A rather unlikely call for donations popped up on social networking sites last Friday: an appeal for lipsticks and makeup for teachers and female volunteers in Marawi, which has been under siege from a terrorist group for the past several weeks.
“In our experience, during Supertyphoon ‘Yolanda,’ we found that aside from physical nourishment, it is important to also help uplift [the public school teachers’] spirits and give dignity,” said the letter, attributed to Rey Laguda, executive director of Philippine Business for Social Progress (PBSP).
“One effective way to do this was to help teachers feel beautiful by giving them lipstick and makeup. Consequently, the smile on teachers’ faces can infect thousands of students and provide hope… We hope you can be part of this simple but effective gesture of solidarity by providing dignity through beauty.”
PBSP is described as “the largest corporate-led, nonprofit social development foundation in the Philippines,” and has been active in relief efforts in Marawi.
While netizens mostly responded with enthusiasm to Laguda’s call, some were critical. They said the people on the ground had more important needs during the ongoing crisis than frivolous things like makeup.
But other individuals quickly defended the lipstick drive, citing that it’s not a long-term solution, but just a move to show solidarity with those affected on the ground.
This isn’t the first time that PBSP held a lipstick drive. It first came about in the aftermath of Supertyphoon “Yolanda” in 2013, according to writer Nash Tysmans, who worked as a communications consultant in the Department of Education during the tenure of Bro. Armin Luistro, FSC, and who describes herself as a “friend of PBSP.”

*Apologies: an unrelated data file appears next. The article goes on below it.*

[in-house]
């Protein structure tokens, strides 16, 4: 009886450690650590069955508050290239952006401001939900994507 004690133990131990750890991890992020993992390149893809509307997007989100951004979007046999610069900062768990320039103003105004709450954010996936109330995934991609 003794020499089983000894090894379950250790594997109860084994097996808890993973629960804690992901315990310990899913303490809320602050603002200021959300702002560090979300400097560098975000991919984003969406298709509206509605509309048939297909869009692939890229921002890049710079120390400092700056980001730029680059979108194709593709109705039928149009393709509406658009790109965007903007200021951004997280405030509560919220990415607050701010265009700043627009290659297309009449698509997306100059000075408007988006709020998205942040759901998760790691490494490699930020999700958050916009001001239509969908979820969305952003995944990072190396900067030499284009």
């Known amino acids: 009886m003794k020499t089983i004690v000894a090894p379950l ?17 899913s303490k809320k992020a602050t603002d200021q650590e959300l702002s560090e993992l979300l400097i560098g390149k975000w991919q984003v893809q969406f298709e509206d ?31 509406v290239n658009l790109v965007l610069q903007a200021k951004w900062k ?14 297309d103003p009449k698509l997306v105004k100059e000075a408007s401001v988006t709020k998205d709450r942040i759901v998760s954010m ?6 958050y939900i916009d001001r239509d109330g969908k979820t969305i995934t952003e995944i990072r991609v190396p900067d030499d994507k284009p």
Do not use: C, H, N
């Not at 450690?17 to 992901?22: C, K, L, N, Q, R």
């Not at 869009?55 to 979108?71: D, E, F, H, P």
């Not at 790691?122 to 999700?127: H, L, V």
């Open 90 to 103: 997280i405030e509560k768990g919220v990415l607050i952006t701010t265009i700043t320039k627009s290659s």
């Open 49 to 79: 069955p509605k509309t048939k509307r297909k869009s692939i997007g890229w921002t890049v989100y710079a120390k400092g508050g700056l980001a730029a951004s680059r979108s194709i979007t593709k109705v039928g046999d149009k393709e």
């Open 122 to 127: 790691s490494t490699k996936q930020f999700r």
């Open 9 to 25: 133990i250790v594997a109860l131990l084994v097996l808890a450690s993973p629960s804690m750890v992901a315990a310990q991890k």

“When ‘Yolanda’ struck, DepEd was among the agencies providing frontline services and checking on teachers’ and students’ welfare in the affected communities,” she said. “When Brother Armin was going around, he met a teacher who inspired him because she had lost everything and still continued to do her duties. The secret was in the lipstick! She wore it to feel confident, as a boost to her morale. So, this was a story that he would tell on many occasions in honor of this lady’s courage and strength under stress.”
In Marawi, Luistro was again on the ground with the PBSP team. He brought up the lipstick story to a volunteer and was surprised that the teachers remembered.
“If you’ve ever worked with Brother Armin, you’ll know that he’s relentless,” Tysmans said. “He’ll really go after what he thinks is right.”